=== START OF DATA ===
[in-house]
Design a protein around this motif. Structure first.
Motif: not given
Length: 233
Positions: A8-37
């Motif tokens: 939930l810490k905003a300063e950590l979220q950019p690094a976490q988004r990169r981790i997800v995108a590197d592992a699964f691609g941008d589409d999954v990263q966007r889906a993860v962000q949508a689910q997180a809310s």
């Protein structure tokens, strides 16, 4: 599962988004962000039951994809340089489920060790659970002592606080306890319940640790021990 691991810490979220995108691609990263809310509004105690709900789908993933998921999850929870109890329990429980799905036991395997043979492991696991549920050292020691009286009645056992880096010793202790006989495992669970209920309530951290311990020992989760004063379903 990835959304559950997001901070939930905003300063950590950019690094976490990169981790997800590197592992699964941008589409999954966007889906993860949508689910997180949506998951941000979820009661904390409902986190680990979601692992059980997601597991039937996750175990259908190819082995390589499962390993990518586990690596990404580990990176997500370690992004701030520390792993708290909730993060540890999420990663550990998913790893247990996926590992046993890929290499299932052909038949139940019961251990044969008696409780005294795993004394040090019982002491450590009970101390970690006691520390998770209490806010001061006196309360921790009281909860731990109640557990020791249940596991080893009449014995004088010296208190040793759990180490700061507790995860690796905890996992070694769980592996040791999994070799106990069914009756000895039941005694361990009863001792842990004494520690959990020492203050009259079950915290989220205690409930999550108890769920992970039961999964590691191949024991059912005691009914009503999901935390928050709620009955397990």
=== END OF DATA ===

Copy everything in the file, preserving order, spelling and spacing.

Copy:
[in-house]
Design a protein around this motif. Structure first.
Motif: not given
Length: 233
Positions: A8-37
């Motif tokens: 939930l810490k905003a300063e950590l979220q950019p690094a976490q988004r990169r981790i997800v995108a590197d592992a699964f691609g941008d589409d999954v990263q966007r889906a993860v962000q949508a689910q997180a809310s």
């Protein structure tokens, strides 16, 4: 599962988004962000039951994809340089489920060790659970002592606080306890319940640790021990 691991810490979220995108691609990263809310509004105690709900789908993933998921999850929870109890329990429980799905036991395997043979492991696991549920050292020691009286009645056992880096010793202790006989495992669970209920309530951290311990020992989760004063379903 990835959304559950997001901070939930905003300063950590950019690094976490990169981790997800590197592992699964941008589409999954966007889906993860949508689910997180949506998951941000979820009661904390409902986190680990979601692992059980997601597991039937996750175990259908190819082995390589499962390993990518586990690596990404580990990176997500370690992004701030520390792993708290909730993060540890999420990663550990998913790893247990996926590992046993890929290499299932052909038949139940019961251990044969008696409780005294795993004394040090019982002491450590009970101390970690006691520390998770209490806010001061006196309360921790009281909860731990109640557990020791249940596991080893009449014995004088010296208190040793759990180490700061507790995860690796905890996992070694769980592996040791999994070799106990069914009756000895039941005694361990009863001792842990004494520690959990020492203050009259079950915290989220205690409930999550108890769920992970039961999964590691191949024991059912005691009914009503999901935390928050709620009955397990």